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One of the most often-cited reasons for needing a credit card (usually by teens or young adults) is that they can be used in the event of an emergency. But is this really a valid reason for getting a credit card?
It all depends on what is meant by the term “emergency.” If if refers to certain unexpected situations like needing a tow truck on a deserted highway or getting stranded at an airport after a flight cancellation, then having a credit card may come in handy.
But for many, “emergency” really means “an emergency fund that I can tap into” instead of saving money for a rainy day fund. And this is a bad idea for several reasons.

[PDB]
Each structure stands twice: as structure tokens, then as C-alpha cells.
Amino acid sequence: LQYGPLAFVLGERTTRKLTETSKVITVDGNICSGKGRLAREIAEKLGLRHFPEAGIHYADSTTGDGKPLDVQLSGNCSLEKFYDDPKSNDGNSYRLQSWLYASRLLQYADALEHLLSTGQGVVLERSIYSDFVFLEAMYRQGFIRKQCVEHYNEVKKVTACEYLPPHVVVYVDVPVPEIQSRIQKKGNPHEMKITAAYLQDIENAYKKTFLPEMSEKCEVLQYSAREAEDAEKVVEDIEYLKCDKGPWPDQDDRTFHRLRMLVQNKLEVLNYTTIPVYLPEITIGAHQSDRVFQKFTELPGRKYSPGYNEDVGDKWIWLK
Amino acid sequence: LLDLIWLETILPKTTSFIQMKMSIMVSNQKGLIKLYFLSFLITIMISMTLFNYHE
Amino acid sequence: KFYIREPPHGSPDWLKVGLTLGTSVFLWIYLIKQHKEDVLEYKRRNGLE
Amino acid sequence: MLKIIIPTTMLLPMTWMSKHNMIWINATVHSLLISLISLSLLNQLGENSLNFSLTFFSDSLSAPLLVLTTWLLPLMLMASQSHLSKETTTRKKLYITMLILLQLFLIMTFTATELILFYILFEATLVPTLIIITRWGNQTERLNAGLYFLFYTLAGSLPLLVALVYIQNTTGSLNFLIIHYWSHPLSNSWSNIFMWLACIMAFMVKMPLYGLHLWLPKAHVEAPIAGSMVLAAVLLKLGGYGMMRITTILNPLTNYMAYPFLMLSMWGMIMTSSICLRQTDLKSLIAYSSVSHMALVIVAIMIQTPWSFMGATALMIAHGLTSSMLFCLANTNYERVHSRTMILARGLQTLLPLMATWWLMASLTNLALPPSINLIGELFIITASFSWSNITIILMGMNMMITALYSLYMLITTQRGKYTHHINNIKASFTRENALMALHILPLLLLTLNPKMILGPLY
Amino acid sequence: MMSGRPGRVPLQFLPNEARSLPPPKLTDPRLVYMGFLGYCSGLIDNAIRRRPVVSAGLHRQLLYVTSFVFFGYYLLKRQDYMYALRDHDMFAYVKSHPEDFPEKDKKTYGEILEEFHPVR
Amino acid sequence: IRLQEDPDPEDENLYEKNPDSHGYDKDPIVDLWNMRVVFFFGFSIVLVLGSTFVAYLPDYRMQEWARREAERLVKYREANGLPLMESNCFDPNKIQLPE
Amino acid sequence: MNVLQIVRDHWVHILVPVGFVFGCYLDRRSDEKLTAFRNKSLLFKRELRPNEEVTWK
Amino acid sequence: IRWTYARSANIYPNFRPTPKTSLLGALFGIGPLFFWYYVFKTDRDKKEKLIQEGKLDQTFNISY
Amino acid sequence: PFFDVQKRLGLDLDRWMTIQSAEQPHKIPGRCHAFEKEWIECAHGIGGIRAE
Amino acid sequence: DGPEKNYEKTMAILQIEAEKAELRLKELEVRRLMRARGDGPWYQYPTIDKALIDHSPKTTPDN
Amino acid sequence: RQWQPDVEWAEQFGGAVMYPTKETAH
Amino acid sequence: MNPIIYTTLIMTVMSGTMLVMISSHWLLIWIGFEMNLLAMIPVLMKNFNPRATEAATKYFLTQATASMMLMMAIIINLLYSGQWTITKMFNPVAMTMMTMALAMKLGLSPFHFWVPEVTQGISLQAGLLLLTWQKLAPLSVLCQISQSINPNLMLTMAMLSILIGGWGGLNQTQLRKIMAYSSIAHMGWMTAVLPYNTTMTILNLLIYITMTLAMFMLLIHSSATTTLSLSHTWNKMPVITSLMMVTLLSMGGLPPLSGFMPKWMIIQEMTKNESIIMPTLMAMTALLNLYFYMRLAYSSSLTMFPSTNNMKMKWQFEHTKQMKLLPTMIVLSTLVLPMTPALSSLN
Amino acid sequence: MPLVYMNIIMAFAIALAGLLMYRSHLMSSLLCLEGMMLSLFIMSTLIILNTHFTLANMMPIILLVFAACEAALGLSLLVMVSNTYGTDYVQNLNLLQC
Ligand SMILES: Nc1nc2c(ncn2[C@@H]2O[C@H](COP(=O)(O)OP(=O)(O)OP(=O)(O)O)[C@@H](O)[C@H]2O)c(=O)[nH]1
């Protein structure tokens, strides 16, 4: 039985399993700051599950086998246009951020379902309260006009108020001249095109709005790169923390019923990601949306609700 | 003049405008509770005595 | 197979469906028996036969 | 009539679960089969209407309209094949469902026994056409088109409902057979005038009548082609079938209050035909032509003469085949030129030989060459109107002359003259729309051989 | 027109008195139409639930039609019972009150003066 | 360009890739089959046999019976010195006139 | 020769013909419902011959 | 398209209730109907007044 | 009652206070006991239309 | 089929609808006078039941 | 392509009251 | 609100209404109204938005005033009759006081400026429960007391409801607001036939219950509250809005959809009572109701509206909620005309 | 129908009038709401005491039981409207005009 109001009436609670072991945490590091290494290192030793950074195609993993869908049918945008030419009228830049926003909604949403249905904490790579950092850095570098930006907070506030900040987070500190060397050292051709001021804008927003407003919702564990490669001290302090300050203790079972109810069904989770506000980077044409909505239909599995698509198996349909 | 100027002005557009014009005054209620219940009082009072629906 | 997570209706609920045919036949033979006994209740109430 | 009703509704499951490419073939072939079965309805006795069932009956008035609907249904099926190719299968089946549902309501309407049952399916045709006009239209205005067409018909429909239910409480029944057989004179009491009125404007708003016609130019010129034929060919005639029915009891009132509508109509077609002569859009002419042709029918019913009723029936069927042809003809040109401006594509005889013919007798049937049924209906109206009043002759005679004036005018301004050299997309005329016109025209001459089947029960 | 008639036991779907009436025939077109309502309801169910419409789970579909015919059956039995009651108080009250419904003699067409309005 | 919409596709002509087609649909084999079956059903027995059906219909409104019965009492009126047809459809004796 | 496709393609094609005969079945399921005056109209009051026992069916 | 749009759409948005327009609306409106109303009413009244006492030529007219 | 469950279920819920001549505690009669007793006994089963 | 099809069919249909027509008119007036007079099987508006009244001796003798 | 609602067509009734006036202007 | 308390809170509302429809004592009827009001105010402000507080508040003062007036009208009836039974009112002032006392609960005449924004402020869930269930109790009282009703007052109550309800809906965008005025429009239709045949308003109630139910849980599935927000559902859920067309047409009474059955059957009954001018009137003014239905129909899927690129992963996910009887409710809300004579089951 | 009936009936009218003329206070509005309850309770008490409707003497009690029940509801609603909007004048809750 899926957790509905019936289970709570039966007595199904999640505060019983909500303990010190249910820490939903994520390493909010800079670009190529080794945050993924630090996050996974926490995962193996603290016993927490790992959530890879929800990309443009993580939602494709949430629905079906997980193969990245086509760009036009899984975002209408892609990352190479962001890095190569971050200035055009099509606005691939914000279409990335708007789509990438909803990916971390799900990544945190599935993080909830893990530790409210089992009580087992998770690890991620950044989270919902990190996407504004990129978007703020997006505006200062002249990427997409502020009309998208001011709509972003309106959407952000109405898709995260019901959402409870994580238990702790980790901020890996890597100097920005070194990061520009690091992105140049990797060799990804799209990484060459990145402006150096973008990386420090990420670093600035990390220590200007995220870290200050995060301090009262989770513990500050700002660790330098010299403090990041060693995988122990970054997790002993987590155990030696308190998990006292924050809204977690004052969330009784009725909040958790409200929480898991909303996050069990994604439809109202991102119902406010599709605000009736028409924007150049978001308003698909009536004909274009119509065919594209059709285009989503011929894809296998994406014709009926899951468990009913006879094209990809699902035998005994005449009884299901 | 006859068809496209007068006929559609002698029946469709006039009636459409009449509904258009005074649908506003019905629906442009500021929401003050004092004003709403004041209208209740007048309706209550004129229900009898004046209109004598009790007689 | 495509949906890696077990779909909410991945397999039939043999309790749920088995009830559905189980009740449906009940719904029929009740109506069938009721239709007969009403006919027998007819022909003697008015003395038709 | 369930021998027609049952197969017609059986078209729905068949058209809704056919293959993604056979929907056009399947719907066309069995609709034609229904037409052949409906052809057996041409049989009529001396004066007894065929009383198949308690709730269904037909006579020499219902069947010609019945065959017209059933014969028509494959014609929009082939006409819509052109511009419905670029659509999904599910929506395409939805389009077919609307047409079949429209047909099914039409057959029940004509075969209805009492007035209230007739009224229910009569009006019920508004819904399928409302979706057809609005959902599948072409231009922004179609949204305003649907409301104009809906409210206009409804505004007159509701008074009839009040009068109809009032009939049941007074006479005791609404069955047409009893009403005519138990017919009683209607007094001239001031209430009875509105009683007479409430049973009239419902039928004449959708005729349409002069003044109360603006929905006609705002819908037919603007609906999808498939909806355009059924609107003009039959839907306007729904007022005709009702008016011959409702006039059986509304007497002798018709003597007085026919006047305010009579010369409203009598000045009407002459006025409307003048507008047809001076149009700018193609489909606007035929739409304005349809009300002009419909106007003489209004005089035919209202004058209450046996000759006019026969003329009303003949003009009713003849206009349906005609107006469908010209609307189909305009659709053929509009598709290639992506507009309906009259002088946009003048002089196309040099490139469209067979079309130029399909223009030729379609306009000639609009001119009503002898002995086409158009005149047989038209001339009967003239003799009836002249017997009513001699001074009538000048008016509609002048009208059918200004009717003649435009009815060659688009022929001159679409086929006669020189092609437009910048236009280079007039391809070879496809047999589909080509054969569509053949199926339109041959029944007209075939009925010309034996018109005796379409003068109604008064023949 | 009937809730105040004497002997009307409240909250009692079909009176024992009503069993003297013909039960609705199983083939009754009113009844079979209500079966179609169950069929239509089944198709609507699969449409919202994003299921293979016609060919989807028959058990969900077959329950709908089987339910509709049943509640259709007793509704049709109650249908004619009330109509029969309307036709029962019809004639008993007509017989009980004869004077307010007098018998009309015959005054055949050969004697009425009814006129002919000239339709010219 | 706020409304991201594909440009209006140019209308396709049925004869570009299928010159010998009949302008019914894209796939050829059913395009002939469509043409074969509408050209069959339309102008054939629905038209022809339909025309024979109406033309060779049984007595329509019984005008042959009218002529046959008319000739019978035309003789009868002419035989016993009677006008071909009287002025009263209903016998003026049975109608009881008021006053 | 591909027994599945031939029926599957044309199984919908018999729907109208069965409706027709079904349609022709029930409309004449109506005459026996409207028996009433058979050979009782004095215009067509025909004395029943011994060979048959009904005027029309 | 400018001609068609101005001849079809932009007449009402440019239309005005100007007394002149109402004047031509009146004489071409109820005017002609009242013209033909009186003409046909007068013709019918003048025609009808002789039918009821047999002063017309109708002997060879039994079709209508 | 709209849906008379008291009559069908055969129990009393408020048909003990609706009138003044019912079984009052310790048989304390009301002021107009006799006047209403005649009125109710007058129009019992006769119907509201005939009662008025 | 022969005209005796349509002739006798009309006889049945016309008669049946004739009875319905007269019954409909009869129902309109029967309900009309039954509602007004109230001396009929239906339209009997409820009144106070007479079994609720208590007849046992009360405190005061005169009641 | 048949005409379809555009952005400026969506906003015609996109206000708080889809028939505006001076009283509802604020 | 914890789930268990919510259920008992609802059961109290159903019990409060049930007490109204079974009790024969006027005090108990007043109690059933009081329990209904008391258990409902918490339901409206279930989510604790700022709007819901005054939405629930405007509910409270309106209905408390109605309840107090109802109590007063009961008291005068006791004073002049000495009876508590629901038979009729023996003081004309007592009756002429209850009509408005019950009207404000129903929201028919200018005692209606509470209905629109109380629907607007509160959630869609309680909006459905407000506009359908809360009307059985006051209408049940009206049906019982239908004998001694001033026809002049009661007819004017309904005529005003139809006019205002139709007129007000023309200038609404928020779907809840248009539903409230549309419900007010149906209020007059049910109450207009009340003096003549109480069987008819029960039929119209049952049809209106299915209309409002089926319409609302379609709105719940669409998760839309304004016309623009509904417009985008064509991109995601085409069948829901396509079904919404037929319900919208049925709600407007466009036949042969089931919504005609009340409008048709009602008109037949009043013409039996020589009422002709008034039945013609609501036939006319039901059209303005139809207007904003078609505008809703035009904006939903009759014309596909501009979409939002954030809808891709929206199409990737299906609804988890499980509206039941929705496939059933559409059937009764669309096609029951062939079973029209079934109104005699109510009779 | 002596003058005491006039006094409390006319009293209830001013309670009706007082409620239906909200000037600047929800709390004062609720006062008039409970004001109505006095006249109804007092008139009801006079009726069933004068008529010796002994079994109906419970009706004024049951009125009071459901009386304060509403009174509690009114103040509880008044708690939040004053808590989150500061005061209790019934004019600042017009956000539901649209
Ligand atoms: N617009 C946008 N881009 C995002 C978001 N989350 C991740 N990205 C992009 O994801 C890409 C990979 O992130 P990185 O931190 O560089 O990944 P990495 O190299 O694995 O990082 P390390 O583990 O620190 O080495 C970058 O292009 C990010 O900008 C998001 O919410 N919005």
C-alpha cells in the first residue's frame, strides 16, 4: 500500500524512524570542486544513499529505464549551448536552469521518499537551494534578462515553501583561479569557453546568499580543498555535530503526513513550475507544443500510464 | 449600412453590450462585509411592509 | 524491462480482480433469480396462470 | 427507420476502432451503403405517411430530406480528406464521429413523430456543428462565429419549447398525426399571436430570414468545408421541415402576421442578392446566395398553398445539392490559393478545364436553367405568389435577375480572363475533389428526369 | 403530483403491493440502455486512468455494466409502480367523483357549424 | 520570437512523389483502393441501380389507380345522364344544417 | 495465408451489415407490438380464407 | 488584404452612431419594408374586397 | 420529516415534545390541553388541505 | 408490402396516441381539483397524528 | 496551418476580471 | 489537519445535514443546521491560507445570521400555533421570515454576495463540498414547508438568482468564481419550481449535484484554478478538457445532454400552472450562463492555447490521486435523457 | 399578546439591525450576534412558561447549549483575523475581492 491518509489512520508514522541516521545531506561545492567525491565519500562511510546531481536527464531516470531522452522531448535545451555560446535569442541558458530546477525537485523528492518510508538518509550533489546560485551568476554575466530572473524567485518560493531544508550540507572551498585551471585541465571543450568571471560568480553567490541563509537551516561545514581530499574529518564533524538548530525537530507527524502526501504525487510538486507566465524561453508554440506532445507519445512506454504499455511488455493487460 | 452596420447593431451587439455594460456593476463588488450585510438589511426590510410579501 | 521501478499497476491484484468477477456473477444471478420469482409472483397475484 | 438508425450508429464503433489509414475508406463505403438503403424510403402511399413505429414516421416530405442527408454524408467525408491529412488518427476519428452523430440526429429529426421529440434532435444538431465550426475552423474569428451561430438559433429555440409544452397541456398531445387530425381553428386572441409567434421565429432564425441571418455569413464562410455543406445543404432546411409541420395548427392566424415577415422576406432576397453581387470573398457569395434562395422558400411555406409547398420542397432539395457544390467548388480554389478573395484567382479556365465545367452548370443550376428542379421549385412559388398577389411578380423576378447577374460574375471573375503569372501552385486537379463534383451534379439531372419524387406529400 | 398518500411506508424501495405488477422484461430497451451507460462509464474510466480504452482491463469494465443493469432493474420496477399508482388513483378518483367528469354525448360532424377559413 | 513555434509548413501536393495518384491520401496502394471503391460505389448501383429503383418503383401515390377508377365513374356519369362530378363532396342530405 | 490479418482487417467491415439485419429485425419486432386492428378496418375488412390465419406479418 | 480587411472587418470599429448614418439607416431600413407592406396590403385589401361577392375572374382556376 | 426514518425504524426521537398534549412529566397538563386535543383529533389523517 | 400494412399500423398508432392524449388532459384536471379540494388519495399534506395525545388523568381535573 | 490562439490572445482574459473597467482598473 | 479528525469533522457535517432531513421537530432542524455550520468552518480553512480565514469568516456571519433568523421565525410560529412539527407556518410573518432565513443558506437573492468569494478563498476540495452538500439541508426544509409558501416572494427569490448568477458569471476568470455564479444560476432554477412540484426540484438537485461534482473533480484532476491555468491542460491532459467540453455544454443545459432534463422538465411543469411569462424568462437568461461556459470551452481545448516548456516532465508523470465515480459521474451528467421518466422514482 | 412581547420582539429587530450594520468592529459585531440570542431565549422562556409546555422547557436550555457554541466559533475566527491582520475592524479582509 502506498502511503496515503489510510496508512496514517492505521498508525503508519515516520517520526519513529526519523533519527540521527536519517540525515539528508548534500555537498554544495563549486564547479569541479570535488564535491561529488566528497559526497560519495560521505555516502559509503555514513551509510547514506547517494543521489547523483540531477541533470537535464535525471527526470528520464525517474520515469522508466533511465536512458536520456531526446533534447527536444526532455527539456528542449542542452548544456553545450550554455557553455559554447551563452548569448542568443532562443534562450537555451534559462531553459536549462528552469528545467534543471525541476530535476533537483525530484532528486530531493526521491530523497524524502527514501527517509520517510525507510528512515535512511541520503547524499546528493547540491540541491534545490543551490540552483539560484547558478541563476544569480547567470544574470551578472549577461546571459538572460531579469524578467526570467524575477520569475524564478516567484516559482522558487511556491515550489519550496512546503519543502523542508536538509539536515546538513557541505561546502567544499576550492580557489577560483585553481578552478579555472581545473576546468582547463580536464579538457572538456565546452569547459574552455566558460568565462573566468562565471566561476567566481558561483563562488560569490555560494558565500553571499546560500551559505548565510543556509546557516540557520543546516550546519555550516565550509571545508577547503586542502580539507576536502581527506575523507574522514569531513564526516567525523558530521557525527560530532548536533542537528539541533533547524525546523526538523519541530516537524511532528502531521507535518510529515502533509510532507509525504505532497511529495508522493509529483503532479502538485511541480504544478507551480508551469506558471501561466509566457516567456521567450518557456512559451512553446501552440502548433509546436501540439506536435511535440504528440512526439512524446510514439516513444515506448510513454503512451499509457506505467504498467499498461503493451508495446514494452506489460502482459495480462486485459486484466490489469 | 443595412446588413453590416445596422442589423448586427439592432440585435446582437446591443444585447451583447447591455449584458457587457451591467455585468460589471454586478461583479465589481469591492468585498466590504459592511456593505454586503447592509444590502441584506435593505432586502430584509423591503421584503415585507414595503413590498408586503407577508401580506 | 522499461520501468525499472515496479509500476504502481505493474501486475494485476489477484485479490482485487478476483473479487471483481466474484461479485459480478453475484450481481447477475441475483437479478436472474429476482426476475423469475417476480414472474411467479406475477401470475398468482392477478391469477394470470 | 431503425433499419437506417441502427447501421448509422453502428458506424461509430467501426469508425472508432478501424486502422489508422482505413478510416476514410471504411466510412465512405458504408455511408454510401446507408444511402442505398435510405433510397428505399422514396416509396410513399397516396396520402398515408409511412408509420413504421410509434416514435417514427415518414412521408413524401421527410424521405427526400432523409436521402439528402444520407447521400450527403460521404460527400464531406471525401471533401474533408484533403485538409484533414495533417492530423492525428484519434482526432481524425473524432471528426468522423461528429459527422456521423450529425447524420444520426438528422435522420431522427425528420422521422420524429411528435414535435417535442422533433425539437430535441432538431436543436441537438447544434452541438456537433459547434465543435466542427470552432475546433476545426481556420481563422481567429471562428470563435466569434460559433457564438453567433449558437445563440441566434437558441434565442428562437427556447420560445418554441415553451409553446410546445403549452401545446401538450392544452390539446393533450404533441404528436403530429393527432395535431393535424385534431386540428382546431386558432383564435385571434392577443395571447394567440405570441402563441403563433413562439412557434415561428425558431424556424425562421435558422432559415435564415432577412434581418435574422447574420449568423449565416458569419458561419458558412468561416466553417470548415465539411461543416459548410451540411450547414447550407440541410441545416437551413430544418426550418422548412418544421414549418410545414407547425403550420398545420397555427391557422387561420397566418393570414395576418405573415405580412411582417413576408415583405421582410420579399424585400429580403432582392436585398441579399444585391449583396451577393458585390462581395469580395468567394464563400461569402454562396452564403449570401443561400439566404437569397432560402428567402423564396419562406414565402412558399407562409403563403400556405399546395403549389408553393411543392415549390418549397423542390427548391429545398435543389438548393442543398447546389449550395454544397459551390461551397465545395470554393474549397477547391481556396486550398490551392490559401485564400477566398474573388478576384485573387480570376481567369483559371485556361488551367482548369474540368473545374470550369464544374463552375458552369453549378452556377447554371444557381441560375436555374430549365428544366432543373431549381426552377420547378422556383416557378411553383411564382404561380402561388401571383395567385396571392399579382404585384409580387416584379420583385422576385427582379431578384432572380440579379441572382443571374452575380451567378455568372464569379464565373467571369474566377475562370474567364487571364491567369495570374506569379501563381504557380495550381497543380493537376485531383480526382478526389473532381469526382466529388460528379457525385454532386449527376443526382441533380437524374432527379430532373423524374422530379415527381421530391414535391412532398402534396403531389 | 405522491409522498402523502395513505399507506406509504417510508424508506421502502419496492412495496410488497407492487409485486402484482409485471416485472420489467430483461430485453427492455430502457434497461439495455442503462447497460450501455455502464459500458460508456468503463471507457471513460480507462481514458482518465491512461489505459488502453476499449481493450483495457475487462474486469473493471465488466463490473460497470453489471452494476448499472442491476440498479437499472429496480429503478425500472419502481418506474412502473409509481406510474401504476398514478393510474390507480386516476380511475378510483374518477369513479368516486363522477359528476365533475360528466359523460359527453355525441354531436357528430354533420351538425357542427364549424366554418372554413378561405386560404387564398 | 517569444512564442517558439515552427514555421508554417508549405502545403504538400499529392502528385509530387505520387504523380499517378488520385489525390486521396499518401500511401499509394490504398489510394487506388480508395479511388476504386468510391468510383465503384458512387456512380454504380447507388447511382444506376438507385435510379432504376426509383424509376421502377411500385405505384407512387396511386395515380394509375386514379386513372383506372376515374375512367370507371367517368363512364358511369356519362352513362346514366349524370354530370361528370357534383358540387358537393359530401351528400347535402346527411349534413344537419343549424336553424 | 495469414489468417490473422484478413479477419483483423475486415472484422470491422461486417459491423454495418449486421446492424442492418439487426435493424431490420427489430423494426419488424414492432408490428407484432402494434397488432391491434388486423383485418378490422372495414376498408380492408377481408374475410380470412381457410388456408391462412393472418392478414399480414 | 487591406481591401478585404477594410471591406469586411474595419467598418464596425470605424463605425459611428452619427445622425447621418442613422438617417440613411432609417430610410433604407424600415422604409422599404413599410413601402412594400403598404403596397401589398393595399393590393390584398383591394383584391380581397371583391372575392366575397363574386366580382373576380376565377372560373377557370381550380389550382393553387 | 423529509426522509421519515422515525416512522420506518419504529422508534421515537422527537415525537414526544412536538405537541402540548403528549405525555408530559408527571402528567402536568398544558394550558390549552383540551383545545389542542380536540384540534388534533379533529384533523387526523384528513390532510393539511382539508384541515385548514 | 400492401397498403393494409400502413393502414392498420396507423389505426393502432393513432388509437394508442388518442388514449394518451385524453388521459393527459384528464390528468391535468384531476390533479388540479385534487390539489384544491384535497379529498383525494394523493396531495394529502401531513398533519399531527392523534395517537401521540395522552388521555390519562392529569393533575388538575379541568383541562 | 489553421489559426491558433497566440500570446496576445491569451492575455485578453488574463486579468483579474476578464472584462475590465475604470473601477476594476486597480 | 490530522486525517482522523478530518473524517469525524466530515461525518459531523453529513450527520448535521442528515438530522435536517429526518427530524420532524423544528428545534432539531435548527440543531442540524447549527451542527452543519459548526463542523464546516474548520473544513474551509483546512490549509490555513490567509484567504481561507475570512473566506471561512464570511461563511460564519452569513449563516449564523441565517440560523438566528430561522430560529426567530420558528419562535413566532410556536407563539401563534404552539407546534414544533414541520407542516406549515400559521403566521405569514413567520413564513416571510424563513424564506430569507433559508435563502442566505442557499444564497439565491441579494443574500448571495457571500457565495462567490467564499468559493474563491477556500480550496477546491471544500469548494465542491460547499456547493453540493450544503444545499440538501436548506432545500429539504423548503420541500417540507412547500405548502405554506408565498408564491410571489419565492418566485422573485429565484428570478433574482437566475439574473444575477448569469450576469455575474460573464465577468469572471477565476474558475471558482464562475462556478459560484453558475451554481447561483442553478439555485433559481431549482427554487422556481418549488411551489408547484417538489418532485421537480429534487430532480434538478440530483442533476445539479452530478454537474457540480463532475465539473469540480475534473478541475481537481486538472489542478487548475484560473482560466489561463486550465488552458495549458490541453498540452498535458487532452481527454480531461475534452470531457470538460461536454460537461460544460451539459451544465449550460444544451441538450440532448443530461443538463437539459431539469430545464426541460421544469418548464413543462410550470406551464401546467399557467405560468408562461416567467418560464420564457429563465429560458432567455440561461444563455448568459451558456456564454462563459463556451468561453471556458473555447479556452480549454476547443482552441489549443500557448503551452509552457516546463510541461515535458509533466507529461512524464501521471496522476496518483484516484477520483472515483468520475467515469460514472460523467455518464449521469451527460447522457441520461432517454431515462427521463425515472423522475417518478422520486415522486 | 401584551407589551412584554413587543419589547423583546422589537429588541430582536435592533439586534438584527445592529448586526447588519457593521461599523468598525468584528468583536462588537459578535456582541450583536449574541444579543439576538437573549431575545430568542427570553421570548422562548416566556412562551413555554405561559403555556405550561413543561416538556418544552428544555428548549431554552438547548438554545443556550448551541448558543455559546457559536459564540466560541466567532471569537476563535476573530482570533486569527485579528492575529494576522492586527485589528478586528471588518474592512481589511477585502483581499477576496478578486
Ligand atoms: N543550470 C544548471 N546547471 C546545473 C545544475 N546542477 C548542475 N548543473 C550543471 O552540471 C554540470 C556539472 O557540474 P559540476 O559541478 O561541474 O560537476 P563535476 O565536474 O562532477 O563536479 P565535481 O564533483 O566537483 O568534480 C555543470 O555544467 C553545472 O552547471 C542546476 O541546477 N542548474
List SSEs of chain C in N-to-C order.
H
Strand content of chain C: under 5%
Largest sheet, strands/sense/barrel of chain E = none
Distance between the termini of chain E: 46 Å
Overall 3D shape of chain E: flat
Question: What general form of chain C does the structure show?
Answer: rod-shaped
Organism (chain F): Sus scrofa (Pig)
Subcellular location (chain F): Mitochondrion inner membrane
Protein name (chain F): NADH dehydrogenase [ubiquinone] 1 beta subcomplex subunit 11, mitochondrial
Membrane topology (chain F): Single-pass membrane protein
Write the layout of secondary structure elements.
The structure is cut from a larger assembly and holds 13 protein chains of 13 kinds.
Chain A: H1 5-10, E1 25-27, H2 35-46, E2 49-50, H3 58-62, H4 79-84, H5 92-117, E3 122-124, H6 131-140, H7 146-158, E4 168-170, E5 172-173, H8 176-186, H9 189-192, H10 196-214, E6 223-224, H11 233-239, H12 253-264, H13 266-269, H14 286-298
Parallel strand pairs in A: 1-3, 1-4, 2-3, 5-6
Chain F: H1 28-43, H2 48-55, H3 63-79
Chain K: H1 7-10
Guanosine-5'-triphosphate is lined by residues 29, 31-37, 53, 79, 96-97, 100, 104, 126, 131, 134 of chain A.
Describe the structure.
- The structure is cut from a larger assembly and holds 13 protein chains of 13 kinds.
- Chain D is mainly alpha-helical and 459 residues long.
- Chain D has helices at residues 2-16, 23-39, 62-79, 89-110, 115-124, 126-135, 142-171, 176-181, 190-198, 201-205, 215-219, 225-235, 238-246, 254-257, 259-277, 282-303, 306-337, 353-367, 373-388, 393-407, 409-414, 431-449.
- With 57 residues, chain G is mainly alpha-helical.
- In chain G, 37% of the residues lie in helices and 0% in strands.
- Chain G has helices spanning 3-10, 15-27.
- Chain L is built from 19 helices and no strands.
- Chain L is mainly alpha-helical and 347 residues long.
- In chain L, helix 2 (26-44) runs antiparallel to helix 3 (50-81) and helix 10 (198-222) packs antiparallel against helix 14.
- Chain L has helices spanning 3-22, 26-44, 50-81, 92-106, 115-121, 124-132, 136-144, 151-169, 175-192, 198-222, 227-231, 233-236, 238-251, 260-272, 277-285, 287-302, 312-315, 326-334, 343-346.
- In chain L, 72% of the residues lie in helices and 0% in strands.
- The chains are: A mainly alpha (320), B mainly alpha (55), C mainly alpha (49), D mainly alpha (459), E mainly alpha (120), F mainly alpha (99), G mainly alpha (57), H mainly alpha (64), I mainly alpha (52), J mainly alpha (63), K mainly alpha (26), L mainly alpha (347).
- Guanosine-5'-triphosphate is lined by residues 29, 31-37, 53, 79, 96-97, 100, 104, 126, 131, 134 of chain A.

1. A true emergency fund in a savings account earns interest. Using your credit card for emergency funds accrues interest which must be paid back in addition to the principle.
2. In practice, “emergencies” often end up being “another round of drinks” or “that pair of shoes I really want.” This fosters poor spending habits which can ruin your credit.
3. You have to make monthly payments on a credit card emergency fund – and if the emergency is serious, you may have trouble meeting that obligation.
4. The purpose of a good emergency fund is to keep you out of debt. Which is exactly the opposite of what a credit card emergency fund accomplishes.